For example, RFID (radio frequency identification) technology such as a U227OB interrogator device may be installed in the node and an e5530 identifying transponder device may be worn by each visitor. Both of the above devices are commercially available from TEMIC, RYODEN Trading Co. Ltd. 3-15-15 Higashi Icobokuru, Toshima Ku, Tokyo 170. Another alternative implementation of the above- described feature is by means of infra-red technology such as the EIRIS system from Elpas Electro-optic Systems Ltd., 11 Hasadna St. Raanana 43650, Israel.

Fig. 39 is a simplified flowchart illustration of a preferred method for performing the "welcome new visitors" step 2350 of Fig. 37. In this step, a welcome message is played to each visitor. Preferably, different welcome messages are played to different visitors, depending, e.g., on the visitors' ages.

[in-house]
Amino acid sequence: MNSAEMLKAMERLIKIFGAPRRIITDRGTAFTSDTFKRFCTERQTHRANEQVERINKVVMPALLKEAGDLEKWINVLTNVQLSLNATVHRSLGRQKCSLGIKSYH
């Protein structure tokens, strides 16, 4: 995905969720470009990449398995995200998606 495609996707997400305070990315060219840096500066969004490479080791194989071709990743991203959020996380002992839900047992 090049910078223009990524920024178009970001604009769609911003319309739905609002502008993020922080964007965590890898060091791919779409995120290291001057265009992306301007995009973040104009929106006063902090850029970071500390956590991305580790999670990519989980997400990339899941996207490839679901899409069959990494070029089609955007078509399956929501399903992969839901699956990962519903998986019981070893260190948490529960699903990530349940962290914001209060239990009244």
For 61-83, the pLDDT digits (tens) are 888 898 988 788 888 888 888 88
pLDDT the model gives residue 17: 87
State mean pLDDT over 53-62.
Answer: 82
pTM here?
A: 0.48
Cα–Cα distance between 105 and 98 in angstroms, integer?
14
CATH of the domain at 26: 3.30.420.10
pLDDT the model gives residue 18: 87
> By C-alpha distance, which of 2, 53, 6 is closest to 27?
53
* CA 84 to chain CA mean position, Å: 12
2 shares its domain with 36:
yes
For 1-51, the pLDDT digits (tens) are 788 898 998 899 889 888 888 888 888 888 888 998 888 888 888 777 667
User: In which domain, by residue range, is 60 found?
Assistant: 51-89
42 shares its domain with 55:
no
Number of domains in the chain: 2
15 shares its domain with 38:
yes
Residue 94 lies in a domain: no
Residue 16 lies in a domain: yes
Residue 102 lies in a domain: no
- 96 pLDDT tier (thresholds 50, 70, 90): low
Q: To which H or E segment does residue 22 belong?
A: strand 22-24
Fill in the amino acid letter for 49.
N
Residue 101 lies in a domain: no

Fig. 40 is a simplified flowchart illustration of a preferred method for performing the "launch execution of next script item" step of Fig. 37.

In steps 2520 - 2530, all groups and sub-groups of the current visitor are loaded into the system's memory.

Preferably, players of games can accumulate credits or powers which facilitate later stages of the game. The credits and/or powers are stored in the Credit Record 2830 ofFigs. 43A - 43C.

Fig. 41 is a simplified flowchart illustration of a preferred method for performing the "analyze conditions" step of Fig. 40. In Fig. 41, an analysis is performed of all the condition sets of the Game State Record 2810 (Fig. 43A) of the current state of the game currently being played. Typically the analysis is effected by comparison to the relevant credits accumulated either by the visitor or by the group to which he/she belongs, in order to determine which condition set has been fulfilled.

Fig. 42 is a simplified flowchart illustration of a preferred method for performing step 2550 of Fig. 40.